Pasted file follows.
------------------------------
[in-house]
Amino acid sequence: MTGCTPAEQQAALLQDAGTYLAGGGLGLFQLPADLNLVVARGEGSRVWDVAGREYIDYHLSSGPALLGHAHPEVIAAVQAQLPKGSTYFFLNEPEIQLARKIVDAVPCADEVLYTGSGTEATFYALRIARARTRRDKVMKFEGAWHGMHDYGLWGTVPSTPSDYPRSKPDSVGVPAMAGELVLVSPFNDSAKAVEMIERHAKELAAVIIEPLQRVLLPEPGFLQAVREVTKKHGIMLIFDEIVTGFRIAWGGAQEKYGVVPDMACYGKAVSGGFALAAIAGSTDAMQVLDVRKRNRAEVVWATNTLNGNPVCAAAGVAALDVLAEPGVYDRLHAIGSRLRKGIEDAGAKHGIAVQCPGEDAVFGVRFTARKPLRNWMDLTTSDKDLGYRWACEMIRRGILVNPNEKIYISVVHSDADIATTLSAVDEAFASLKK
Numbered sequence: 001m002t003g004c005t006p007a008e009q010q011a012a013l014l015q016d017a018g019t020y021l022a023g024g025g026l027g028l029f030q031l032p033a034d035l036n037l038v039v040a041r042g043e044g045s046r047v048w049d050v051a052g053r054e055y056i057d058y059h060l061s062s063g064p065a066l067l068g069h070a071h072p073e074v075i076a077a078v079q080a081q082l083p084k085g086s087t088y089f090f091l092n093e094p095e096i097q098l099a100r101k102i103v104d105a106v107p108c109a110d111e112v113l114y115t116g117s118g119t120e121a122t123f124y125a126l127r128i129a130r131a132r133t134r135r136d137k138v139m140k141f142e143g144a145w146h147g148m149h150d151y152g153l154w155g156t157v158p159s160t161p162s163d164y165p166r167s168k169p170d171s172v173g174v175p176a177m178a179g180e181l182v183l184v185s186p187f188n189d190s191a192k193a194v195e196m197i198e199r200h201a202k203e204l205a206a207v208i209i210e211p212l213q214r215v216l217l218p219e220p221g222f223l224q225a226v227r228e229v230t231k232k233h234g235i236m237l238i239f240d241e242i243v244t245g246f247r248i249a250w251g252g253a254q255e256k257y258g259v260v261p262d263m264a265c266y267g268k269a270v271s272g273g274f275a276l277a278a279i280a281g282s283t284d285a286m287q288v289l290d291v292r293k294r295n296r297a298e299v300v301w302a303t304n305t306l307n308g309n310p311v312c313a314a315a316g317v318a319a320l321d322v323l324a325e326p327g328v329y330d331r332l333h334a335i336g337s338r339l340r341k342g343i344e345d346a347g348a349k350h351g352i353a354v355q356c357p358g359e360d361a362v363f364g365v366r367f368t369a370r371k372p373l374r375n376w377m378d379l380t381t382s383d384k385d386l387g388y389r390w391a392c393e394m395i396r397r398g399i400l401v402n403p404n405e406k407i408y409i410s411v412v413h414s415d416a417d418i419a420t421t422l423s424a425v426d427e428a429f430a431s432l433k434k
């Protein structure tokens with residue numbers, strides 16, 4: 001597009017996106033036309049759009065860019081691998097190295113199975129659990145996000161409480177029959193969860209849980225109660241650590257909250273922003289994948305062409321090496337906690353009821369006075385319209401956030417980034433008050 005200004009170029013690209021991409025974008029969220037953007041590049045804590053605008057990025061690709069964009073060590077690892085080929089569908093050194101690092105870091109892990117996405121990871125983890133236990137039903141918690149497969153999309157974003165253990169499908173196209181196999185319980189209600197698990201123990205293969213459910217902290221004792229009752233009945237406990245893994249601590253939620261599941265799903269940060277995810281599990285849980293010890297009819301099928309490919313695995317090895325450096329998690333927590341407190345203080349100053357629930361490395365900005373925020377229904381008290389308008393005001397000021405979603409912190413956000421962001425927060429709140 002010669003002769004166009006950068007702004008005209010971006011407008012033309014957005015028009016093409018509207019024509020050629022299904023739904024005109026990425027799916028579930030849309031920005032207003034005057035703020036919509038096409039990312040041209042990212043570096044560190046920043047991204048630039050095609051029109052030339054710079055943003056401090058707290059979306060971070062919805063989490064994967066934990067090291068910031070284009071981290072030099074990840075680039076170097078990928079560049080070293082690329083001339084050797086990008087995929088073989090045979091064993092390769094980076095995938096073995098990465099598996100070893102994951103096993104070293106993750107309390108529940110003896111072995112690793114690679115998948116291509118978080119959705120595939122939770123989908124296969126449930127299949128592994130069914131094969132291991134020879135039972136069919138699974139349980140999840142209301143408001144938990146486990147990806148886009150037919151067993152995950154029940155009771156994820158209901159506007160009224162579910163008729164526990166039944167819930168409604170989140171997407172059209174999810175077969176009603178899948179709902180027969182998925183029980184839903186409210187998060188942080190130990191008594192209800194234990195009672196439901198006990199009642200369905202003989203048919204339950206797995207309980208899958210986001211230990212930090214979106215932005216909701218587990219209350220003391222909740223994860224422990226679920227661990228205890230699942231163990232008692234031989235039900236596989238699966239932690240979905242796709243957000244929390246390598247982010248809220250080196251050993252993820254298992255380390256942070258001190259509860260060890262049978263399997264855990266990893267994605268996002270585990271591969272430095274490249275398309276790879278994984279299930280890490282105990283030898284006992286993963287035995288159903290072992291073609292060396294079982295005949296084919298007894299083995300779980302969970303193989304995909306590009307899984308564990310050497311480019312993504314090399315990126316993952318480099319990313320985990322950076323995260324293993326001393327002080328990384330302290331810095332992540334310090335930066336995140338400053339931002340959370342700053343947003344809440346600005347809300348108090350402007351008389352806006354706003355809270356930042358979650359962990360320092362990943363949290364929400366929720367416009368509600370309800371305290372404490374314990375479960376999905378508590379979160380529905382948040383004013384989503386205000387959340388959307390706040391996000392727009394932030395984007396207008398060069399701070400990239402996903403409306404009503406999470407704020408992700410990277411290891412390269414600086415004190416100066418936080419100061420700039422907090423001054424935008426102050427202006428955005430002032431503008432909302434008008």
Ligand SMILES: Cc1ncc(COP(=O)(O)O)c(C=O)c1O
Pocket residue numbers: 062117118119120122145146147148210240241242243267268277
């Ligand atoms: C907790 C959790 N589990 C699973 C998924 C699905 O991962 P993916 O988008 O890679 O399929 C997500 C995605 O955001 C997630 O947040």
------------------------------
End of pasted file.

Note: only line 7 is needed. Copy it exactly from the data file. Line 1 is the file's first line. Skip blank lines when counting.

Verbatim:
């Ligand atoms: C907790 C959790 N589990 C699973 C998924 C699905 O991962 P993916 O988008 O890679 O399929 C997500 C995605 O955001 C997630 O947040």